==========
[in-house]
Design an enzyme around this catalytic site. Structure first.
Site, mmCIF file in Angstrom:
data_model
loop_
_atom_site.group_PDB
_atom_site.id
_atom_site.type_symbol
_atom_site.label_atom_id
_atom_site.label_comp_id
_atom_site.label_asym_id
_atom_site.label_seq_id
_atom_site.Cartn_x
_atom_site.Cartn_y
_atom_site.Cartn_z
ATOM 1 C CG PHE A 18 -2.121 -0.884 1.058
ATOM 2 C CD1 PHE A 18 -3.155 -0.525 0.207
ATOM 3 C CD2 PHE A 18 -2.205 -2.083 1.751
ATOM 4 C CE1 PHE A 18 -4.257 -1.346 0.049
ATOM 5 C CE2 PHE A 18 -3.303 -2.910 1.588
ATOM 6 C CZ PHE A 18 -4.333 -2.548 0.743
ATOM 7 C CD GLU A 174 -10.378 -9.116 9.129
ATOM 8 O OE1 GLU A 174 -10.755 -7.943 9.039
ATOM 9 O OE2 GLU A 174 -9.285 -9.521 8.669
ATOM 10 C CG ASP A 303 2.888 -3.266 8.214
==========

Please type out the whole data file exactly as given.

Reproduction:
[in-house]
Design an enzyme around this catalytic site. Structure first.
Site, mmCIF file in Angstrom:
data_model
loop_
_atom_site.group_PDB
_atom_site.id
_atom_site.type_symbol
_atom_site.label_atom_id
_atom_site.label_comp_id
_atom_site.label_asym_id
_atom_site.label_seq_id
_atom_site.Cartn_x
_atom_site.Cartn_y
_atom_site.Cartn_z
ATOM 1 C CG PHE A 18 -2.121 -0.884 1.058
ATOM 2 C CD1 PHE A 18 -3.155 -0.525 0.207
ATOM 3 C CD2 PHE A 18 -2.205 -2.083 1.751
ATOM 4 C CE1 PHE A 18 -4.257 -1.346 0.049
ATOM 5 C CE2 PHE A 18 -3.303 -2.910 1.588
ATOM 6 C CZ PHE A 18 -4.333 -2.548 0.743
ATOM 7 C CD GLU A 174 -10.378 -9.116 9.129
ATOM 8 O OE1 GLU A 174 -10.755 -7.943 9.039
ATOM 9 O OE2 GLU A 174 -9.285 -9.521 8.669
ATOM 10 C CG ASP A 303 2.888 -3.266 8.214